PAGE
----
The authors of the study “What is the Impact of Financial Advisors on Retirement Portfolio Choices and Outcomes?” by the National Bureau of Economic Research point out that defined contribution (DC) retirement plans ask individuals with poor financial literacy to make choices that could have far-ranging effects on their finances and retirement. One way to improve the quality of their financial decisions is to invest in educational programs that target financial literacy. Another approach is to rely on default investments, such as target-date retirement funds. In a third method, financial intermediaries provide access to financial advice.
The actual portfolios of participants in the Oregon University System’s DC retirement plan were examined by the authors, John Chalmers, associate professor of finance at the University of Oregon, and Jonathan Reuter, assistant professor of finance at Boston College. In order to benchmark the participants’ portfolios of these self-directed investors, hypothetical portfolios using target-date funds—a popular default investment—were constructed.
They sought to determine whether financial advice is an effective substitute for financial education or for the use of defaults.
Providing financial advice to investors is a multibillion dollar industry, Chalmers and Reuter said, but the volatility of investment returns can make it difficult for investors—even those who are financially literate—to distinguish good advice from bad.
Citing previous studies, they brought up the point that financial service providers can profit from transforming simple financial products into more complex ones that may offer little additional benefit to investors.
Clients of brokers allocate contributions across a larger number of investments than self-directed investors, and they are less likely to remain fully invested in the default option. However, broker clients’ portfolios are significantly riskier than self-directed investors’ portfolios, and they underperform both benchmarks. Exploiting across-fund variation in broker compensation, when broker fees are higher, so are the broker clients’ allocations, the survey found.
Survey responses from plan participants supported the study authors’ contention that the portfolio choices of broker clients reflect their brokers’ recommendations.
The main findings of the study are:
- Significant differences exist between investors who choose to invest through brokers and those who do not. Employees who chose to invest through a broker are younger, less educated and make less money. They are also more likely to state that they chose to meet face to face with a broker, and to state that they relied upon their broker’s recommendations when making investment decisions.
- Portfolio choices show some significant differences. Broker clients pay an average of 0.89% in broker fees each year, which helps explain their underperformance compared with the higher fees paid by self-directed investors, of 1.54%. This corresponds to an annual “tax” of $530. In exchange for these fees, broker clients are moved out of the default fixed annuity and into funds with higher-than-average past returns, higher-than-average exposure to several forms of market risk, and that pay higher-than-average broker fees.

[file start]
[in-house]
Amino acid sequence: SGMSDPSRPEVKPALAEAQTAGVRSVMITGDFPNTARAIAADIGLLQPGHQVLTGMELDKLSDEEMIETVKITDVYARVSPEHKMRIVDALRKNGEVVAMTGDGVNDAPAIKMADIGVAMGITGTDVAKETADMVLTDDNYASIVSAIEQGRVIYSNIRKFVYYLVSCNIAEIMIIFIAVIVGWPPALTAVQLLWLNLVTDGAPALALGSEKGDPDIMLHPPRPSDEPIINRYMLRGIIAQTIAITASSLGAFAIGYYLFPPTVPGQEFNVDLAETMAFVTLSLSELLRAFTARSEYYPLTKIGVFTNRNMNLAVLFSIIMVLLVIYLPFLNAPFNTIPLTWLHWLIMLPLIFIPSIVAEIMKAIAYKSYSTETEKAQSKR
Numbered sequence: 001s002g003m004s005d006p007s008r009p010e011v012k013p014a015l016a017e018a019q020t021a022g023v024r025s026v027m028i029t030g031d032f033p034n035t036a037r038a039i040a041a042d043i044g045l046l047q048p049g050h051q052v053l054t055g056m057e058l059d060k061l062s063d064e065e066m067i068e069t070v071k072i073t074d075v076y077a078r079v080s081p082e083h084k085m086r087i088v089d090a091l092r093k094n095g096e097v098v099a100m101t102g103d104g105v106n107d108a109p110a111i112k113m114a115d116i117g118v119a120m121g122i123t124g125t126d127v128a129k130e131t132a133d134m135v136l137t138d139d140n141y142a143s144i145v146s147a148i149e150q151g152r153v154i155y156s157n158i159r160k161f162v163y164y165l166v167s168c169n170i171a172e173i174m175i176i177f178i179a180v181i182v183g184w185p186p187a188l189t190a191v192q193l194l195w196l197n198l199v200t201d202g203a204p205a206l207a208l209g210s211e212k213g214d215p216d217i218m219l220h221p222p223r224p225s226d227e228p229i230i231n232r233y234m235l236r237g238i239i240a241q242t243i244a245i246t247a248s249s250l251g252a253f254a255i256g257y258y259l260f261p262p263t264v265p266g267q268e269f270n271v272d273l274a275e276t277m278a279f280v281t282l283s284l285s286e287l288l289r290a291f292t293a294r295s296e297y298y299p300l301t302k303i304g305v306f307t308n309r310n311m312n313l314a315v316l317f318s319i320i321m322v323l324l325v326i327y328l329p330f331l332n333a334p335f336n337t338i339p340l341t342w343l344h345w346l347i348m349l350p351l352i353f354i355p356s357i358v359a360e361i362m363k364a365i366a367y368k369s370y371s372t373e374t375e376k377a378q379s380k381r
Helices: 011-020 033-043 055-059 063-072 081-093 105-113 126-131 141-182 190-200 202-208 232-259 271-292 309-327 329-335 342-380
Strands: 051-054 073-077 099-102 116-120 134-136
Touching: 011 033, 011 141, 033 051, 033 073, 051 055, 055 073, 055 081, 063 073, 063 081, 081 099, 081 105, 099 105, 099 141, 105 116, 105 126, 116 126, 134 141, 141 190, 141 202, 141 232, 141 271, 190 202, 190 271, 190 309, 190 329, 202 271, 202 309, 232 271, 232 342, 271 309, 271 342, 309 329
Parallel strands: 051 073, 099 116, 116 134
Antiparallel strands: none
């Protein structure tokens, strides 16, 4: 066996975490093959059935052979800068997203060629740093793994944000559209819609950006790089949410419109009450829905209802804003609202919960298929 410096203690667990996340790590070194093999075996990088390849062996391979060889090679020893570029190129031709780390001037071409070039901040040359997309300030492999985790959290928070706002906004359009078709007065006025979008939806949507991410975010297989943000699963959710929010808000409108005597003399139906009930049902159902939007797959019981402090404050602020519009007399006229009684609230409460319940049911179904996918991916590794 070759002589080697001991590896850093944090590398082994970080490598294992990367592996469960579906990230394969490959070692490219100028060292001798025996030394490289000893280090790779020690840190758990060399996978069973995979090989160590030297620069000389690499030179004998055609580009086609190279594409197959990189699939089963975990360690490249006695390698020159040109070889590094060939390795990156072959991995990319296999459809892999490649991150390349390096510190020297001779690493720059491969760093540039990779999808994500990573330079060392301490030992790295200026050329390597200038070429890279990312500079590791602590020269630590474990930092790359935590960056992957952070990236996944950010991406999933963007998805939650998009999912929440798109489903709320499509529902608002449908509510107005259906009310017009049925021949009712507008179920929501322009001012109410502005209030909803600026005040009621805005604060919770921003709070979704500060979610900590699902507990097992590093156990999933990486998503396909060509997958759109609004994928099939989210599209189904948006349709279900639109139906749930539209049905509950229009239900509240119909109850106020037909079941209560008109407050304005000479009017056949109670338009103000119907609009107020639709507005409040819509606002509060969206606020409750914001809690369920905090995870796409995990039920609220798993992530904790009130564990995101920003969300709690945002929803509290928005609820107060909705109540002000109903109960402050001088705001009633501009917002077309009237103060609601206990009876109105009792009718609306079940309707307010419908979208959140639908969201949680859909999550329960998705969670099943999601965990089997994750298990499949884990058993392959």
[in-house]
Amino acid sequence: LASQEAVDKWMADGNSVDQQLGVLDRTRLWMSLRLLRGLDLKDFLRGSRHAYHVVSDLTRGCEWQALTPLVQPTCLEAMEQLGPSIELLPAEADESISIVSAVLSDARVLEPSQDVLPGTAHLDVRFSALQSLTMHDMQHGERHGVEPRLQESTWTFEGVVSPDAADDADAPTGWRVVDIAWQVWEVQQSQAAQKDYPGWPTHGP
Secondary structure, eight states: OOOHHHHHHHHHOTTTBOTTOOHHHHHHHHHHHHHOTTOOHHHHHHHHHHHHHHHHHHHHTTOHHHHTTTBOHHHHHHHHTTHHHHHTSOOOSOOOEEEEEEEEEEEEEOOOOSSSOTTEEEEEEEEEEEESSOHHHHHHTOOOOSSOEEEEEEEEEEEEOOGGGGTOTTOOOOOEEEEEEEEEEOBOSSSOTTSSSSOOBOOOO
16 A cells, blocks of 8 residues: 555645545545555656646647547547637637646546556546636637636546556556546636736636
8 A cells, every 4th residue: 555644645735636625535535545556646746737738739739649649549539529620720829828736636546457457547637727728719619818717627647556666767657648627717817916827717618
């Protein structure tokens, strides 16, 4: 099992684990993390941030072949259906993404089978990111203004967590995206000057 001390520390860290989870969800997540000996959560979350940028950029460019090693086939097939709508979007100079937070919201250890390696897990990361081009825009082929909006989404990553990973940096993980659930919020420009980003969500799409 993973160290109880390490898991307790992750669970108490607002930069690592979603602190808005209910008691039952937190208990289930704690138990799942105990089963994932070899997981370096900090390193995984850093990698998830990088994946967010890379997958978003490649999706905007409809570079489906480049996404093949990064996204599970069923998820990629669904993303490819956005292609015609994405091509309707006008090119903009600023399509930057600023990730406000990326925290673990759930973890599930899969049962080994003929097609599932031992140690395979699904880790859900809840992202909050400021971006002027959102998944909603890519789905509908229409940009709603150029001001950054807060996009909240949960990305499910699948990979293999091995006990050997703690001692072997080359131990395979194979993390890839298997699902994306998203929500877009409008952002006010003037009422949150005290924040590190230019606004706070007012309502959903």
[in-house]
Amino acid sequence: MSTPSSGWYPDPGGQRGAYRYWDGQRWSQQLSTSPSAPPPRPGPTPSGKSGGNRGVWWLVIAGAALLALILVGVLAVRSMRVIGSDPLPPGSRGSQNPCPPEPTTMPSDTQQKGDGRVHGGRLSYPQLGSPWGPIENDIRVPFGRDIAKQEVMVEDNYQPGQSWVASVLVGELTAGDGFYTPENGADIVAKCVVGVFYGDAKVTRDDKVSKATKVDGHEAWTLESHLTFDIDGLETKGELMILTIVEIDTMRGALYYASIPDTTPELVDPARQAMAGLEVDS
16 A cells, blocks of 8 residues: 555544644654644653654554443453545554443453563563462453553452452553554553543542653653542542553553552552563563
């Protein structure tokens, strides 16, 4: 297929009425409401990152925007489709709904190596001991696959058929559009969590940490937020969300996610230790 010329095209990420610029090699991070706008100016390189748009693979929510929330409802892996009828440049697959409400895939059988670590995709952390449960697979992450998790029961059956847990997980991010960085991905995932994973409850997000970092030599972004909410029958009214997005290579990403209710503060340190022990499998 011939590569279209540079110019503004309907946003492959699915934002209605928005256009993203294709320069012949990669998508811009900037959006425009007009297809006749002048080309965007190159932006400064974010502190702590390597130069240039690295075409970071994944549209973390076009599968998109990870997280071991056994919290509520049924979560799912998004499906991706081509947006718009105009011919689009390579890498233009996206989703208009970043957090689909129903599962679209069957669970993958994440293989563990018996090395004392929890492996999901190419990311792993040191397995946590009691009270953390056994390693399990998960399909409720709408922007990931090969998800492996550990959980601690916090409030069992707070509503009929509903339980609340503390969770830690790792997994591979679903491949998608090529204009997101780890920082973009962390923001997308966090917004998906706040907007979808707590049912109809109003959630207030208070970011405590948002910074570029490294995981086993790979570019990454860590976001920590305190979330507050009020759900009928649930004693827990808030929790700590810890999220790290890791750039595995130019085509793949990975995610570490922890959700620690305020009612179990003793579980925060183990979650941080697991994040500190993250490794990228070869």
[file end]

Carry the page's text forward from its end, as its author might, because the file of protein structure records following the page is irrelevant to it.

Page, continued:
- These findings highlight the agency conflict that can arise when unsophisticated investors seek investment advice from financial intermediaries, the authors stated. They said the findings also highlight the fact that, on average, brokers do not help investors construct portfolios that are “at least as good” as the portfolios constructed by self-directed investors. In this sense, financial literacy dominates financial advice.
- The majority of the broker clients and self-directed investors in the sample would have earned significantly higher annual after-fee returns from being defaulted into target-date funds. The investors most likely to choose to invest through an adviser are also the likeliest to accept the default investment option in the absence of access to financial advice.
The study concludes that the benefit investors receive from face-to-face meetings with financial advisers would need to be substantial to justify the use of agency-conflicted advisers over sensible default investment.
Oregon University introduced its Optional Retirement Plan, a portable DC retirement plan in October 1996 as an alternative to the state’s traditional defined benefit (DB) retirement plan. Participants in Oregon University’s system can choose to invest through a firm that uses brokers to provide personal face-to-face financial services.
Between October 1996 and October 2007, approximately one-third of the university’s participants chose the high-service investment provider. Two-thirds of participants chose to invest through three lower-service investment providers. With assistance from the Oregon University System, the authors matched administrative data on investor characteristics, given the type of investment advice chosen.
An abstract of “What is the Impact of Financial Advisors on Retirement Portfolio Choices and Outcomes?” is available here. The study itself can be accessed for a minimal fee.